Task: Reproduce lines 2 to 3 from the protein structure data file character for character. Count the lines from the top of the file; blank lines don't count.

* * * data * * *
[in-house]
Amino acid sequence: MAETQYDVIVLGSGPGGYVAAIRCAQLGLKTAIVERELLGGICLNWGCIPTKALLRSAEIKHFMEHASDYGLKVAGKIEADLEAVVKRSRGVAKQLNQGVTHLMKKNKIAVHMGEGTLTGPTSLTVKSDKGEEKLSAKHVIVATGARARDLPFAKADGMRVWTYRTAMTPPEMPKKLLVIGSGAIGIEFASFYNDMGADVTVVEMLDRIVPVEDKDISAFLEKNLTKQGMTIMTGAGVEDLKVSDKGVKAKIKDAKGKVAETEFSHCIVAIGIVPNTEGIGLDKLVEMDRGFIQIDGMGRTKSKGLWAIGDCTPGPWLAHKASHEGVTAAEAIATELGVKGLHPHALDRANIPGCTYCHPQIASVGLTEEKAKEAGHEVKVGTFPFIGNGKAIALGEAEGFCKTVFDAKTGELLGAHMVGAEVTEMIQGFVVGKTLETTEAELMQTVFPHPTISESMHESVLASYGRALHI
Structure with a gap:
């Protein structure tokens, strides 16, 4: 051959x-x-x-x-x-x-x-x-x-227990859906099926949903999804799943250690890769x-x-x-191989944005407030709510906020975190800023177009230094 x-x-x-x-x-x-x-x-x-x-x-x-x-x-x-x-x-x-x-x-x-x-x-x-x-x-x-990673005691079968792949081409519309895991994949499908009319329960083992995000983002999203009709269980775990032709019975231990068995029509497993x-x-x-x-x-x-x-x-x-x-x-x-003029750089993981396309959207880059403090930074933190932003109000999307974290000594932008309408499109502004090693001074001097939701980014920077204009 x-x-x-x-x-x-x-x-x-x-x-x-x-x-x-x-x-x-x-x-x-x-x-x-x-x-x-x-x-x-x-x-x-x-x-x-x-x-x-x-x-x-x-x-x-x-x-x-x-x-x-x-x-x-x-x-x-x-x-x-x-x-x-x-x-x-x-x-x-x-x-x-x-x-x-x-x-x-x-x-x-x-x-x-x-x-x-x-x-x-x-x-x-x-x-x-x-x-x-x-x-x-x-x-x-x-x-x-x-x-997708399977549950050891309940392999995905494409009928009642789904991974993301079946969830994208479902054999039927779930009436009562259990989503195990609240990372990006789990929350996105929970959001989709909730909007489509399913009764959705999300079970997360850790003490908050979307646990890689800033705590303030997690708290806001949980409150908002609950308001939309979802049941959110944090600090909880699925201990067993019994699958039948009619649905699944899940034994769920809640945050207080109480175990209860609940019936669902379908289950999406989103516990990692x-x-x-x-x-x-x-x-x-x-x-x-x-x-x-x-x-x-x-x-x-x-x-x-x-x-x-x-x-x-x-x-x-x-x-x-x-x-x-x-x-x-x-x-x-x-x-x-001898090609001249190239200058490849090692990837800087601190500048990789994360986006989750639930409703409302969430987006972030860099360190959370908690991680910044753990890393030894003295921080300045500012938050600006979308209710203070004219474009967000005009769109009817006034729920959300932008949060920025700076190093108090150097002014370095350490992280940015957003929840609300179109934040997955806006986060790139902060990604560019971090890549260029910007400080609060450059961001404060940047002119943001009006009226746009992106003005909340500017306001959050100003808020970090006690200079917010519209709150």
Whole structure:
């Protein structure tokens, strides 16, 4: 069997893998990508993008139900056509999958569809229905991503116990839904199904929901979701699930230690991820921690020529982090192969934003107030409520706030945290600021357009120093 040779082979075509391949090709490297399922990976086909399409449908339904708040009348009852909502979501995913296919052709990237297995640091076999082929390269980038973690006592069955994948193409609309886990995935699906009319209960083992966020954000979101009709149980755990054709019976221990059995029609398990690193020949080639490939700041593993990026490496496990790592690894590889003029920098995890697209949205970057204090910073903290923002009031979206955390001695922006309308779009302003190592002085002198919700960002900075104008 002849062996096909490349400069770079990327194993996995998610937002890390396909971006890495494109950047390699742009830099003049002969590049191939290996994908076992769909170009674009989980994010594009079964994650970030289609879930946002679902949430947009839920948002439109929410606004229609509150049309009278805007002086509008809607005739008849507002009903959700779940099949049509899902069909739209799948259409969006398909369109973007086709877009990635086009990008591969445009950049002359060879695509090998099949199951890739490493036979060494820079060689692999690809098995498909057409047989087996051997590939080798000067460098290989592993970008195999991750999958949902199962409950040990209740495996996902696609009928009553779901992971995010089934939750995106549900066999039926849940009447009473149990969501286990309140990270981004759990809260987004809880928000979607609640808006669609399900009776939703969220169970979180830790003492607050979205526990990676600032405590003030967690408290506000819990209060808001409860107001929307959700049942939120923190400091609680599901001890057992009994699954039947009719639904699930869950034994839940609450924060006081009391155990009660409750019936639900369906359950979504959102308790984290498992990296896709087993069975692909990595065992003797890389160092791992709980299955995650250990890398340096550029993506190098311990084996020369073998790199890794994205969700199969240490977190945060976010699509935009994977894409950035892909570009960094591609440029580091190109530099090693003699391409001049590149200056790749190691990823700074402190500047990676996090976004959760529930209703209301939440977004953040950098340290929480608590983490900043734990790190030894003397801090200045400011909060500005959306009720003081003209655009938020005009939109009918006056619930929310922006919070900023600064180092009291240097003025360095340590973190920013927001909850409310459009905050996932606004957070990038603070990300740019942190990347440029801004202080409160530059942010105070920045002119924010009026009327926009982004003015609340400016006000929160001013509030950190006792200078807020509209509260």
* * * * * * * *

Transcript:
Amino acid sequence: MAETQYDVIVLGSGPGGYVAAIRCAQLGLKTAIVERELLGGICLNWGCIPTKALLRSAEIKHFMEHASDYGLKVAGKIEADLEAVVKRSRGVAKQLNQGVTHLMKKNKIAVHMGEGTLTGPTSLTVKSDKGEEKLSAKHVIVATGARARDLPFAKADGMRVWTYRTAMTPPEMPKKLLVIGSGAIGIEFASFYNDMGADVTVVEMLDRIVPVEDKDISAFLEKNLTKQGMTIMTGAGVEDLKVSDKGVKAKIKDAKGKVAETEFSHCIVAIGIVPNTEGIGLDKLVEMDRGFIQIDGMGRTKSKGLWAIGDCTPGPWLAHKASHEGVTAAEAIATELGVKGLHPHALDRANIPGCTYCHPQIASVGLTEEKAKEAGHEVKVGTFPFIGNGKAIALGEAEGFCKTVFDAKTGELLGAHMVGAEVTEMIQGFVVGKTLETTEAELMQTVFPHPTISESMHESVLASYGRALHI
Structure with a gap: